Exploring outdoor play: A mixed-methods study of the quality of preschool play environments and teacher perceptions of risky play
Limits to risky play at preschool include teachers’ reluctance, lack of affordances, and safety regulations
Two of the most important factors influencing young children’s outdoor play at preschool are teacher perceptions of play and the quality of outdoor preschool play environments. This study investigated both of these factors in preschool programs serving low-income families in one region of the U.S. The focus of the study was on risky play as an avenue for child growth and development. Two questions framed the study: (1) What opportunities for risky outdoor play do children have in preschool environments serving low-SES families? and (2) What attitudes do preschool teachers have about risky play in these contexts?
Sources of data for this study included a survey completed by 58 early childhood teachers, a focus group discussion involving 10 early childhood teachers, an interview with an Outdoor Learning Environment (OLE) specialist, and observational methodologies. The Tolerance for Risk in Play Scale (TRiPS) – an instrument assessing teachers’ attitudes about risky play – was embedded in the survey. TRiPS consists of 31 survey items with ‘yes’ or ‘no’ answers to such questions as “Would you let the child walk on slippery rocks close to water?” and “Would you let the child climb up a tree within your reach?” Questions on TRiPS included reference to six categories of risky play: rough-and-tumble, great heights, high speeds, dangerous tools, dangerous elements, and disappear and get lost. The survey also included five open-ended questions giving teachers an opportunity to share additional thoughts about risky play with young children. Questions addressed during the focus group and OLE specialist interview addressed children’s opportunities for risky play, attitudes and beliefs about risky play, and barriers to risky play. Observational methodologies included use of The Seven Cs rating scale to assess the outdoor play environment quality of ten participating preschools. The Seven Cs Scale considers character, context, connectivity, clarity, change, chance, and challenge of the outdoor play environment.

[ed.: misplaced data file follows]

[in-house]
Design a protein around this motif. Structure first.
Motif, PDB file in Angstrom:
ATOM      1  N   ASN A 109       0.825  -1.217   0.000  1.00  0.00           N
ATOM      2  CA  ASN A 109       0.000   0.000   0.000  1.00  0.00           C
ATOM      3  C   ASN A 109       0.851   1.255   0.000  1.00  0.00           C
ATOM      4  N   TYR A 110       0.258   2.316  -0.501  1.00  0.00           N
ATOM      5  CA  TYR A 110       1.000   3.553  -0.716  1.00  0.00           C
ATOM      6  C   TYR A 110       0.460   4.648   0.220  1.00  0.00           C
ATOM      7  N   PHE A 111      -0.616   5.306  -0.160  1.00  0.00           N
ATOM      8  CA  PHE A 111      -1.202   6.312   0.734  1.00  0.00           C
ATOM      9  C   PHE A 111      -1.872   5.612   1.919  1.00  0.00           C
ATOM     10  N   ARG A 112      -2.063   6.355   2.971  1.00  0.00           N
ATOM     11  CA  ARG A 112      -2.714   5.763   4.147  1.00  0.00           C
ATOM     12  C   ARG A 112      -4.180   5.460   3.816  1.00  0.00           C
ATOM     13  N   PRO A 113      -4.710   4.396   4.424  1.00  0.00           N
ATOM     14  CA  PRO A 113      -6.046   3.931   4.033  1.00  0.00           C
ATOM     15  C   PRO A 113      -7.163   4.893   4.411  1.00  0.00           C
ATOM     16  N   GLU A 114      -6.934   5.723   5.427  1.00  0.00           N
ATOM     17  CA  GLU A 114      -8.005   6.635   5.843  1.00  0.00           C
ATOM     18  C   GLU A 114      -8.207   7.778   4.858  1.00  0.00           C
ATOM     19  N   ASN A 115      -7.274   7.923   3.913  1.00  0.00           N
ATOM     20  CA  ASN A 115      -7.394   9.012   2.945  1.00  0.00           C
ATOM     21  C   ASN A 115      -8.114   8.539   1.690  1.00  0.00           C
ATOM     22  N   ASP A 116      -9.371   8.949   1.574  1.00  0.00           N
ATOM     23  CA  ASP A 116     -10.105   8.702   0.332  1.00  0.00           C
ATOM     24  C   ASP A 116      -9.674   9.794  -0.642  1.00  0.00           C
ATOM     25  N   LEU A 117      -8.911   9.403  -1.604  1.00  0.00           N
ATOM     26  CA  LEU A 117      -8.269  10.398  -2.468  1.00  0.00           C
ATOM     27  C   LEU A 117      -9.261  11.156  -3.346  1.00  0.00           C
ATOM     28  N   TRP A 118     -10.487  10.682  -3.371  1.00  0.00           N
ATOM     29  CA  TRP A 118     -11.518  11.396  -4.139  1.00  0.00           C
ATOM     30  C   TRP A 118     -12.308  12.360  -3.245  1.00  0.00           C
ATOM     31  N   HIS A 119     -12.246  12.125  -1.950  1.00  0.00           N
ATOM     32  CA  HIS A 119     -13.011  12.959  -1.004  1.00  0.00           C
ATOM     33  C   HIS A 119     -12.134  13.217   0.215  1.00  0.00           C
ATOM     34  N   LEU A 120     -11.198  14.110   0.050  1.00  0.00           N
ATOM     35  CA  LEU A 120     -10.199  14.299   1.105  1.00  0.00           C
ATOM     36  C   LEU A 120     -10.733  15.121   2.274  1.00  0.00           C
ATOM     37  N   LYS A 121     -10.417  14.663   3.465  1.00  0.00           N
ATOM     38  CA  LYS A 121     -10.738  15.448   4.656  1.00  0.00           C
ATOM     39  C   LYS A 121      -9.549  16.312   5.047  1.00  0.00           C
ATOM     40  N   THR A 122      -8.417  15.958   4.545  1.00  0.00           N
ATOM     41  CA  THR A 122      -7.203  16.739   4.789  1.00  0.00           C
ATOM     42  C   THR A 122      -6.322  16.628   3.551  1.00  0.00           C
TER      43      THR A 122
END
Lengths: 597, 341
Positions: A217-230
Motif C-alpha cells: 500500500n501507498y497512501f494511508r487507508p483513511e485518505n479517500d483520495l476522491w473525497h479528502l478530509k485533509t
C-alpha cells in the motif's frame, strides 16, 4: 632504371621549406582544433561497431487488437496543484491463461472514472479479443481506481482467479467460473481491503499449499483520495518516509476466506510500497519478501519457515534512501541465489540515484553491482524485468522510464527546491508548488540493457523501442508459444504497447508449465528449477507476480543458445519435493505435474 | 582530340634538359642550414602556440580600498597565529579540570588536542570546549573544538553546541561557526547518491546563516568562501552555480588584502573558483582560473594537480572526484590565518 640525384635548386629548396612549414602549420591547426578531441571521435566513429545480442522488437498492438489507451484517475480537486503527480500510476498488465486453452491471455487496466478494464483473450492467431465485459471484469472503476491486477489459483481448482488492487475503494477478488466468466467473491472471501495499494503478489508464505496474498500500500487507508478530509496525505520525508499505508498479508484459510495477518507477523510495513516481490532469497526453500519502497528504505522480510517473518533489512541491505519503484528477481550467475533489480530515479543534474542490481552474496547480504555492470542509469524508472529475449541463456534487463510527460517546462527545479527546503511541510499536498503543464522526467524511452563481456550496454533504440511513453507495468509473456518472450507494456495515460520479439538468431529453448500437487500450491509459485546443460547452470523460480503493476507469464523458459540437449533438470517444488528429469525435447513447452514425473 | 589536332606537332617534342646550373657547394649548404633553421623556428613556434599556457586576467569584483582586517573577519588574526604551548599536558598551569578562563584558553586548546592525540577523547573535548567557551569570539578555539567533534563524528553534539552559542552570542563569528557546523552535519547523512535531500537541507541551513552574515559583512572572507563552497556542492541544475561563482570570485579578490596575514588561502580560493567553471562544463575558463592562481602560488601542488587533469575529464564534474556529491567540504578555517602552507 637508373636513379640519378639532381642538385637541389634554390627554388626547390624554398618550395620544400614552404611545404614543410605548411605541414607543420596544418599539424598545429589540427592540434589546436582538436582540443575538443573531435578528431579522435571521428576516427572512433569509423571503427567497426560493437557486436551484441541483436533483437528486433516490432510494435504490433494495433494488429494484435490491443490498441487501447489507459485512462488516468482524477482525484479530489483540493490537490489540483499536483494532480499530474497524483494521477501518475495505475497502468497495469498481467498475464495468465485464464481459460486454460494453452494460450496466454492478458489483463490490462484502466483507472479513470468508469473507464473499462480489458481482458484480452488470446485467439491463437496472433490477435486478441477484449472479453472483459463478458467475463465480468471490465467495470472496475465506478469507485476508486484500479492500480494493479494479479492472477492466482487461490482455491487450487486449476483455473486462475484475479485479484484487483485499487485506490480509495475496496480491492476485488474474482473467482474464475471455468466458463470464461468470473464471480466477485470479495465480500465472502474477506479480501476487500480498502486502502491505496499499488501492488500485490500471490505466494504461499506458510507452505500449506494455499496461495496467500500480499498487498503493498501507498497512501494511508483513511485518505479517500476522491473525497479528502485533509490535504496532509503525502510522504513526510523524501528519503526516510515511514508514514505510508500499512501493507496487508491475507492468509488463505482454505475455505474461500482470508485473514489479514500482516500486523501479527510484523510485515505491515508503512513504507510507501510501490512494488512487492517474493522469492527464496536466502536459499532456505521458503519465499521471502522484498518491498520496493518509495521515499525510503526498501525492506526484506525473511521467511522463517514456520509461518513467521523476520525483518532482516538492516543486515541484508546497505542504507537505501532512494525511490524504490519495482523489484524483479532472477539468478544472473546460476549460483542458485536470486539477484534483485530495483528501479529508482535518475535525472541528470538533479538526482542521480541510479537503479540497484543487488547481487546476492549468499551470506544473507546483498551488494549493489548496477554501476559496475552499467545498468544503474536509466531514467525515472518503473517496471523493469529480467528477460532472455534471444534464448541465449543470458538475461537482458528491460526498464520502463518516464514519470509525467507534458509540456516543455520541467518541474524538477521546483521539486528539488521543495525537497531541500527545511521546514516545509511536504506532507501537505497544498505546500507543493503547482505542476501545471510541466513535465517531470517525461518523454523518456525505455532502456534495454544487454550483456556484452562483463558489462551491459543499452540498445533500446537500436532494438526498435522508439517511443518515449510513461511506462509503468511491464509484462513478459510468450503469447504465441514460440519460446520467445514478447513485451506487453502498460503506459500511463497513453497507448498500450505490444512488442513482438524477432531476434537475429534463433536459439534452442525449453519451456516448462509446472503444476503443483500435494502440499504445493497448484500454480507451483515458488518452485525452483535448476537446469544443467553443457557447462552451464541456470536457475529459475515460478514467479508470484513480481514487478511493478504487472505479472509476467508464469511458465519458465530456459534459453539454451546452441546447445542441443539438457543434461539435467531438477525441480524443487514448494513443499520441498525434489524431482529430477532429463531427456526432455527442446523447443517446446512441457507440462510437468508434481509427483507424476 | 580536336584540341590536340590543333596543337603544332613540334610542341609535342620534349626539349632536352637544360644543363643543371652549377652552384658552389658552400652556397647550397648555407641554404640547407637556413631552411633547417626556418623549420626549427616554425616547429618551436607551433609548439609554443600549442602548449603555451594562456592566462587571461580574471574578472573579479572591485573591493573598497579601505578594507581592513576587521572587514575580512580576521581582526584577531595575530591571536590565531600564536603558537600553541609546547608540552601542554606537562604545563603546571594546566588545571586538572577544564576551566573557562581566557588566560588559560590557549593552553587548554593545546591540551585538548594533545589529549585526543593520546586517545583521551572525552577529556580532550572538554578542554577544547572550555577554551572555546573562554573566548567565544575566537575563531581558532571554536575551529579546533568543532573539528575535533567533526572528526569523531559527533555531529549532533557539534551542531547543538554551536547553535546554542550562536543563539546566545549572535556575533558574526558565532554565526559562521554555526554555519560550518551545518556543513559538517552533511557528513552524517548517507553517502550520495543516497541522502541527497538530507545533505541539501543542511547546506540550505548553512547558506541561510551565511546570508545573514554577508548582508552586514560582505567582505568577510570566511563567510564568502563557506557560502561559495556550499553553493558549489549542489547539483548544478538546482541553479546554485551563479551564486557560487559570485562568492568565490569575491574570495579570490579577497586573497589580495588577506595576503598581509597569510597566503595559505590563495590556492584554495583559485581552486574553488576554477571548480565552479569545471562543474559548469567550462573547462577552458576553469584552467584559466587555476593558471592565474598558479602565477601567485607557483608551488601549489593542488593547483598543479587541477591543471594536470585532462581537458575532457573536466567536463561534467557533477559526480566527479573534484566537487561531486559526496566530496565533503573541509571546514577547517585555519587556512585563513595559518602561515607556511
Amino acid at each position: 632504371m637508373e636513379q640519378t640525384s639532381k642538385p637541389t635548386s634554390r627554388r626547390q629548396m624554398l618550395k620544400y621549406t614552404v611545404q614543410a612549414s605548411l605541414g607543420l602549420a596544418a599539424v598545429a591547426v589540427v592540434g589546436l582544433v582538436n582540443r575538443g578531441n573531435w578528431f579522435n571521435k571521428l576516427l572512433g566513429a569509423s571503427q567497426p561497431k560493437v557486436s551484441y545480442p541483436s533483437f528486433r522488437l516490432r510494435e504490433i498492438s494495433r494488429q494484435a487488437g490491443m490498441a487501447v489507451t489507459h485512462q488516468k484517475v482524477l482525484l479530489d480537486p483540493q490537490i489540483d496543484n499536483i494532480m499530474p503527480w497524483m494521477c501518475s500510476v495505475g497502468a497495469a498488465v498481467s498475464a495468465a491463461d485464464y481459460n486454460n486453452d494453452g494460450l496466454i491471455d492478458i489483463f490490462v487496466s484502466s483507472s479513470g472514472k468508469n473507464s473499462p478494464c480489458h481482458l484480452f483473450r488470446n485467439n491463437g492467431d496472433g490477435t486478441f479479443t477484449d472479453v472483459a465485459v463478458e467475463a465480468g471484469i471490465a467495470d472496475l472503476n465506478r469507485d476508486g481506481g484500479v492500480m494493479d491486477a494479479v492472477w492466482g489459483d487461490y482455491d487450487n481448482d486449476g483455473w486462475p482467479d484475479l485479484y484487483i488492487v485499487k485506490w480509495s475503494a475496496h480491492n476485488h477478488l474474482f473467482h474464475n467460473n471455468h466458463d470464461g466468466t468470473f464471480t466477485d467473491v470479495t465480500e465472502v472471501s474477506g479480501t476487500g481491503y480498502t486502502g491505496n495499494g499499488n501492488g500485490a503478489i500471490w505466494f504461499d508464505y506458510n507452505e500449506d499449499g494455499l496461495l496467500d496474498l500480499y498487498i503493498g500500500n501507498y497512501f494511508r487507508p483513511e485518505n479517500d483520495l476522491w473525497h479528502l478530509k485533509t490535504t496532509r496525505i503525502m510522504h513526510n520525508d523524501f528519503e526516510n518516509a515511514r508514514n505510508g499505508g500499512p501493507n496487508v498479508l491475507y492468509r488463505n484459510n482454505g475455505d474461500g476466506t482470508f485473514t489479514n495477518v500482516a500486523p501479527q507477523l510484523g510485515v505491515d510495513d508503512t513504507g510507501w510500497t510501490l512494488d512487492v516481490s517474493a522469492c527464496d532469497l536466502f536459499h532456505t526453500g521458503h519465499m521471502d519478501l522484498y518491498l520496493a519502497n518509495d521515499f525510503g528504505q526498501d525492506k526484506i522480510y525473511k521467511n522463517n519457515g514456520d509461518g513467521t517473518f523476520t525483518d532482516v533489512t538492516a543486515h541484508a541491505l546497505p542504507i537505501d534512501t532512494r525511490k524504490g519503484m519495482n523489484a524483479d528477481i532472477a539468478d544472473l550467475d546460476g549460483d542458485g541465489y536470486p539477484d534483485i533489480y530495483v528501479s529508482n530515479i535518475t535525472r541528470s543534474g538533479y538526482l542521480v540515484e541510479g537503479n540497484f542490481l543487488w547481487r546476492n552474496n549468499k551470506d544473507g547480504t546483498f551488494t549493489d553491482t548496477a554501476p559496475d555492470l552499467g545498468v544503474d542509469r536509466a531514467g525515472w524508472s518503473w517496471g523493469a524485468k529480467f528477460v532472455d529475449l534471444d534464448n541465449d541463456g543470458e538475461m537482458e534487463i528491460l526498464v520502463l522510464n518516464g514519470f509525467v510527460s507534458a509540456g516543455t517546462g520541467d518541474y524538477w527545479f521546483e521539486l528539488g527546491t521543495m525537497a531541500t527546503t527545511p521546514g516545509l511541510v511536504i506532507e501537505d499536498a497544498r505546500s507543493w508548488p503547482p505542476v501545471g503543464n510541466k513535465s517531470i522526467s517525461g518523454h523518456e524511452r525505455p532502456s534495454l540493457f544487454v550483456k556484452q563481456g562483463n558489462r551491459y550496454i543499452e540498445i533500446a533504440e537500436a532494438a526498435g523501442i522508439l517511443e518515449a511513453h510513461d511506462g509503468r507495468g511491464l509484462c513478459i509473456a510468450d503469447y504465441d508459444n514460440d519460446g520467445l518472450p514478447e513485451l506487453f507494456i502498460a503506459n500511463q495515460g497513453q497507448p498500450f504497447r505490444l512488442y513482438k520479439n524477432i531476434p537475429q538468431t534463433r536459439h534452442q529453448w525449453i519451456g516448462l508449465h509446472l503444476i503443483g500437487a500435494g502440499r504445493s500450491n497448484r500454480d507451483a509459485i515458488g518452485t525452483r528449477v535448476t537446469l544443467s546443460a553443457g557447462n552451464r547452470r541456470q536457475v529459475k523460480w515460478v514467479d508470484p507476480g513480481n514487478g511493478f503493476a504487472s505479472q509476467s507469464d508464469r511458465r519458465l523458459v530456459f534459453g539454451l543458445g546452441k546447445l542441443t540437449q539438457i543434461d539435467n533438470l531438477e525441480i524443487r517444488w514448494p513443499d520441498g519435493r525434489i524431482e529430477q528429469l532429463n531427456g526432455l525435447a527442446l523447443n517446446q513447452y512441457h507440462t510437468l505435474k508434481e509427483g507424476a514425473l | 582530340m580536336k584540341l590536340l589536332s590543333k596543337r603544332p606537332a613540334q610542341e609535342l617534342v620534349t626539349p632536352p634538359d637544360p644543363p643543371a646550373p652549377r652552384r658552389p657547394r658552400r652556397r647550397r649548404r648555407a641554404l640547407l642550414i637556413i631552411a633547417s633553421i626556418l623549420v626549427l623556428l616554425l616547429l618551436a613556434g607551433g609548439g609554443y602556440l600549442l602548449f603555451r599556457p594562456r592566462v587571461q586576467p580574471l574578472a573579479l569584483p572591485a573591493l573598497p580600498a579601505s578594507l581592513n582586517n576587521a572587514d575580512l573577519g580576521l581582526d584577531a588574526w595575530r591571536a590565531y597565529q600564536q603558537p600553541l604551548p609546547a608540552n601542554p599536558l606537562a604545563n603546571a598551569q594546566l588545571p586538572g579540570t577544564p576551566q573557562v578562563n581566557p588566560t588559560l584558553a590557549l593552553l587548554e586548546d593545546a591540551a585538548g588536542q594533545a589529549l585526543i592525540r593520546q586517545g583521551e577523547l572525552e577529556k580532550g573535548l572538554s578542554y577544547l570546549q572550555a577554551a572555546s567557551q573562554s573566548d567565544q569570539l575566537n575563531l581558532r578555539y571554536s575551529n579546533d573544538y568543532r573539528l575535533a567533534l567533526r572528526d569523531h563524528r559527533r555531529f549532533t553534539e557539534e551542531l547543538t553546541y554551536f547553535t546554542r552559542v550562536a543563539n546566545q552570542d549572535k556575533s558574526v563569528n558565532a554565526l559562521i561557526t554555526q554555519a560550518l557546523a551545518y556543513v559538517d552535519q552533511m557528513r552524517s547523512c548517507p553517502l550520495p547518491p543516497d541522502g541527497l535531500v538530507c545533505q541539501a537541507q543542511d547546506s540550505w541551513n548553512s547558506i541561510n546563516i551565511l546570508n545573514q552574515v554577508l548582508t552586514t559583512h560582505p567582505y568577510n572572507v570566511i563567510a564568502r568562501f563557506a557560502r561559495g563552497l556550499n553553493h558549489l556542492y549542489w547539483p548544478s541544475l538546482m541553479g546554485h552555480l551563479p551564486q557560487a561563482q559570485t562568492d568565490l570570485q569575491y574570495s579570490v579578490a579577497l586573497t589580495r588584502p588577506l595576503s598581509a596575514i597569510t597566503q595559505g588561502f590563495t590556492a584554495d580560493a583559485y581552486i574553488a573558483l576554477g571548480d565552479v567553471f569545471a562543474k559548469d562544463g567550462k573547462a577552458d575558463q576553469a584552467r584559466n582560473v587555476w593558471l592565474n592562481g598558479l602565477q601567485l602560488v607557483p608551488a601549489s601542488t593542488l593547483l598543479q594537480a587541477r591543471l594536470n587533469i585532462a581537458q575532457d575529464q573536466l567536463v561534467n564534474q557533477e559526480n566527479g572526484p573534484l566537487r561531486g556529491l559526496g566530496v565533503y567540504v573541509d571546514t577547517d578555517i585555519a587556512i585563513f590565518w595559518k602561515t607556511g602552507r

On average, teachers responded “yes” to only 29% of the questions on the TRiPS, demonstrating a low level of risk acceptance. There were individual differences in risk acceptance, however, with “yes” responses ranging from 3.4% to 76.7%. Of the different risk categories, teachers were most accepting of rough-and-tumble play and least accepting of play involving dangerous tools. “Challenge” was the lowest scoring area of the Seven Cs Scale for playgrounds in this study, demonstrating a lack of risky play opportunities for children. The playgrounds also scored low in “chance”, indicating a lack of opportunities to play with natural materials. While focus group responses indicated that teachers appreciated the value of risky play, they also revealed a disconnect between personal beliefs of what safety precautions were appropriate and existing state regulations. The OLE specialist also commented on tension between safety concerns and the benefits of risk in play.
This study found limited acceptance of risky play among early childhood teachers and a lack of affordances for risky play in the preschools’ playgrounds. Findings also indicate that safety regulations serve as a large barrier to risky play and highlight the need for education at the level of policy developers and teachers. This study highlights the need for preschool teacher education to address the importance and feasibility of risky play in natural environments.